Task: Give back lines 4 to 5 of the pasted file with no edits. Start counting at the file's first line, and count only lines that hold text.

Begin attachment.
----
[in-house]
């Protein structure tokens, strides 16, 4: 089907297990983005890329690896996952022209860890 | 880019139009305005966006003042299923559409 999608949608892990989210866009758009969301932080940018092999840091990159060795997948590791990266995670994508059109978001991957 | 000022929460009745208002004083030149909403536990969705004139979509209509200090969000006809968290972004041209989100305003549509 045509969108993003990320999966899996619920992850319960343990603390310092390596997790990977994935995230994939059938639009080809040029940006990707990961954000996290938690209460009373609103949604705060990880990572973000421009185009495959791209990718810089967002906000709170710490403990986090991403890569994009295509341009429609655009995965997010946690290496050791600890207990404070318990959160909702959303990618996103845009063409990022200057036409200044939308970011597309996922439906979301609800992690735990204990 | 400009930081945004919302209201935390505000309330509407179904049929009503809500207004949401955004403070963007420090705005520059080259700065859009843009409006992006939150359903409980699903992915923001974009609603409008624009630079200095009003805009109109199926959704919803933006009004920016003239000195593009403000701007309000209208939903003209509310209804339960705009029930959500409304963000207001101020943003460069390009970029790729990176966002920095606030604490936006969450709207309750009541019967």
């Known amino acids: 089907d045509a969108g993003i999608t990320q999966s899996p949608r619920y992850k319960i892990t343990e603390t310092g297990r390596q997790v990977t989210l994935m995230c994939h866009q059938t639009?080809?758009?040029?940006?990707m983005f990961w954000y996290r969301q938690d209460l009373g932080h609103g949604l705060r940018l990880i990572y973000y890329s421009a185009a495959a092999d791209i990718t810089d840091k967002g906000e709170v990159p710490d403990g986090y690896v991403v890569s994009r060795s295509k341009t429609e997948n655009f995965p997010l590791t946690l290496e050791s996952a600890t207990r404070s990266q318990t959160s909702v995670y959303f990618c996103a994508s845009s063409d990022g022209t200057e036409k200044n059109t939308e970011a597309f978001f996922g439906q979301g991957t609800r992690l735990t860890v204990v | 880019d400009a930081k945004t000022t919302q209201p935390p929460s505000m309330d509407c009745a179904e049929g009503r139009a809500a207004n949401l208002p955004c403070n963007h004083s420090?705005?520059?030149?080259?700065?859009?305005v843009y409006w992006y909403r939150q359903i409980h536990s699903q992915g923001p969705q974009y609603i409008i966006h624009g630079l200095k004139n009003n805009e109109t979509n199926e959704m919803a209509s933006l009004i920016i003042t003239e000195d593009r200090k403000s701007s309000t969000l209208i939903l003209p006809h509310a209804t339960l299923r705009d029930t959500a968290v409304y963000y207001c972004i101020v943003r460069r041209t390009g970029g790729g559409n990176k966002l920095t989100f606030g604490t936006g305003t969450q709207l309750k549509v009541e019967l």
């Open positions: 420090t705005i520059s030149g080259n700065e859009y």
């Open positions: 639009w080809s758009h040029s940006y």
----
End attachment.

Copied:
């Open positions: 420090t705005i520059s030149g080259n700065e859009y």
């Open positions: 639009w080809s758009h040029s940006y």